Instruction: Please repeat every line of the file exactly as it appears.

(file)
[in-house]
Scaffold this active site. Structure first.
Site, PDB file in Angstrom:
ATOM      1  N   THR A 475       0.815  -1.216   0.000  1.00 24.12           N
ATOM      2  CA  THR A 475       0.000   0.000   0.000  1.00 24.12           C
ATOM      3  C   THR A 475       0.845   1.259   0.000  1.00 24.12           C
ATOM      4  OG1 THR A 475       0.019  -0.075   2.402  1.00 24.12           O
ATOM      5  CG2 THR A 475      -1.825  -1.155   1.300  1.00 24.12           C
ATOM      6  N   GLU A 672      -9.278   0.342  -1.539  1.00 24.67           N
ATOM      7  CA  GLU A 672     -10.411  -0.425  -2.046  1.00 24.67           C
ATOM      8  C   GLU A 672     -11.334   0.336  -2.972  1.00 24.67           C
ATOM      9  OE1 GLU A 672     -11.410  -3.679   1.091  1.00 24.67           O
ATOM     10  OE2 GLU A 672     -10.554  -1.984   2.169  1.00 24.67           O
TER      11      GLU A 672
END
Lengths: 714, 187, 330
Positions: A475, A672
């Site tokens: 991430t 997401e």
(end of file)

[in-house]
Scaffold this active site. Structure first.
Site, PDB file in Angstrom:
ATOM      1  N   THR A 475       0.815  -1.216   0.000  1.00 24.12           N
ATOM      2  CA  THR A 475       0.000   0.000   0.000  1.00 24.12           C
ATOM      3  C   THR A 475       0.845   1.259   0.000  1.00 24.12           C
ATOM      4  OG1 THR A 475       0.019  -0.075   2.402  1.00 24.12           O
ATOM      5  CG2 THR A 475      -1.825  -1.155   1.300  1.00 24.12           C
ATOM      6  N   GLU A 672      -9.278   0.342  -1.539  1.00 24.67           N
ATOM      7  CA  GLU A 672     -10.411  -0.425  -2.046  1.00 24.67           C
ATOM      8  C   GLU A 672     -11.334   0.336  -2.972  1.00 24.67           C
ATOM      9  OE1 GLU A 672     -11.410  -3.679   1.091  1.00 24.67           O
ATOM     10  OE2 GLU A 672     -10.554  -1.984   2.169  1.00 24.67           O
TER      11      GLU A 672
END
Lengths: 714, 187, 330
Positions: A475, A672
């Site tokens: 991430t 997401e």